Exposure to air pollutants like carbon monoxide (CO), lead (Pb++) and sulfur dioxide (SO2) promotes the occurrence of cardiovascular diseases. Experimental studies have shown that CO, Pb++ and SO2 block L-type calcium channels, reducing the calcium current (ICaL) and the action potential duration (APD), which favors the initiation of atrial arrhythmias. The goal is to study the effects of CO, Pb++ and SO2 at different concentrations on ICaL and action potential using computational simulation. For this purpose, models of the effects of the air pollutants on the atrial L-type calcium channel were developed and were incorporated into a mathematical model of a human atrial cell. The results suggest that CO, Pb++ and SO2 block the ICaL current in a fraction that increases along with the concentration, generating an APD shortening. These results are consistent with experimental studies. The combined effect of the three air pollutants produced an APD shortening, which is considered to be a pro-arrhythmic effect.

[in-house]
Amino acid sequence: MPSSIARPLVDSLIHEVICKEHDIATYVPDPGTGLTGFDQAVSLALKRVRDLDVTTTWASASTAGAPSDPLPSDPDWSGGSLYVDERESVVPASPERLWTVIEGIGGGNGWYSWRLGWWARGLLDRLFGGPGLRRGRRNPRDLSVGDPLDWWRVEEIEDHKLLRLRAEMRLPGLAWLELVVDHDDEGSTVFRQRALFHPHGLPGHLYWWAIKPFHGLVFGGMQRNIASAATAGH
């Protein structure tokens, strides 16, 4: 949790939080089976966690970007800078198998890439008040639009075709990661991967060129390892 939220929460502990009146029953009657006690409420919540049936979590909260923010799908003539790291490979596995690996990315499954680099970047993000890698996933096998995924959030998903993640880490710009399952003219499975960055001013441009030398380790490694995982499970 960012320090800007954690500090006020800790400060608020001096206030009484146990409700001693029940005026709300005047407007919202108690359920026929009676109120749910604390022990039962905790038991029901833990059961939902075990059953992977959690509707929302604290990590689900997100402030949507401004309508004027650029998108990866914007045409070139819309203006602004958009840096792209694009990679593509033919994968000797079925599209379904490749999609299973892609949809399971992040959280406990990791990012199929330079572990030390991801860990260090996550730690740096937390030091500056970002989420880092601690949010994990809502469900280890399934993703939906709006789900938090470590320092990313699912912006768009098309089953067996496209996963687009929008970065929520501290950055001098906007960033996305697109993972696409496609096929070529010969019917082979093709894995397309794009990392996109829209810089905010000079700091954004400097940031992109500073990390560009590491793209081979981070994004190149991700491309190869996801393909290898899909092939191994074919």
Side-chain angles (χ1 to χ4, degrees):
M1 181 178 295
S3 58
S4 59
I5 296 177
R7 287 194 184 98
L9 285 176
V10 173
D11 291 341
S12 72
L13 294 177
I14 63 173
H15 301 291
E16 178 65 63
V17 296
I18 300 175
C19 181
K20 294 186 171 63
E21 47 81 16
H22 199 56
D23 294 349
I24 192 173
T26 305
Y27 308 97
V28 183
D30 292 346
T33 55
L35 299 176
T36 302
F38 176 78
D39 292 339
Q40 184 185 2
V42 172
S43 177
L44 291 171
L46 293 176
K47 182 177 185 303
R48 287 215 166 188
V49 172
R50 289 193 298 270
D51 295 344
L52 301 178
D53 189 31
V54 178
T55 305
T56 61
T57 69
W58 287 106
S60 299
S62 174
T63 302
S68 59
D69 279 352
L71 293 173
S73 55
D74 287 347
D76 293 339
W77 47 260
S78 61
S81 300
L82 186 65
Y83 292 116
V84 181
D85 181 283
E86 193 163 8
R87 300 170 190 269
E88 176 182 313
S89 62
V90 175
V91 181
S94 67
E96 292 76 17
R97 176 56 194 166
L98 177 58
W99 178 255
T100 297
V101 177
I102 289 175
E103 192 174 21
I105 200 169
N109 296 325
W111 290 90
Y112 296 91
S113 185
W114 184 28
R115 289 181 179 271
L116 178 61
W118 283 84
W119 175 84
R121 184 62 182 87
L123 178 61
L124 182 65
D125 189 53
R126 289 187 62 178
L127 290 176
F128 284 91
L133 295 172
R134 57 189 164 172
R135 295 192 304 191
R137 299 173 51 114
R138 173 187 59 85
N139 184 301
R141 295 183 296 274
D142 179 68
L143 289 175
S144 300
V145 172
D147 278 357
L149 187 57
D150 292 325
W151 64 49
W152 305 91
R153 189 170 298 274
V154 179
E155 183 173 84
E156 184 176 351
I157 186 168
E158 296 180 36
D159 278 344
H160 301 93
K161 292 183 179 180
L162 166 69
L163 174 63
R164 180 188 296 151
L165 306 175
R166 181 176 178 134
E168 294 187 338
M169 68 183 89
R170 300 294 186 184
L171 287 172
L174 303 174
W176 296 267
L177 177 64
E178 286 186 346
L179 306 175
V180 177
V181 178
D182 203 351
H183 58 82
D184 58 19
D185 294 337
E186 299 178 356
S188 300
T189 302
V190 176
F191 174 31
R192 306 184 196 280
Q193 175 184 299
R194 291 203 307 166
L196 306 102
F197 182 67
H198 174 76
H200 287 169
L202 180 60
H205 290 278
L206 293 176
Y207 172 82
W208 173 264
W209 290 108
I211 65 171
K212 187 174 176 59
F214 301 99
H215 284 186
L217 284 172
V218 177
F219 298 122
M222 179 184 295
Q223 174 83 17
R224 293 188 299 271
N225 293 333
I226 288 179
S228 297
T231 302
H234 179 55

Air pollution; atrial action potential; calcium channel; in silico models.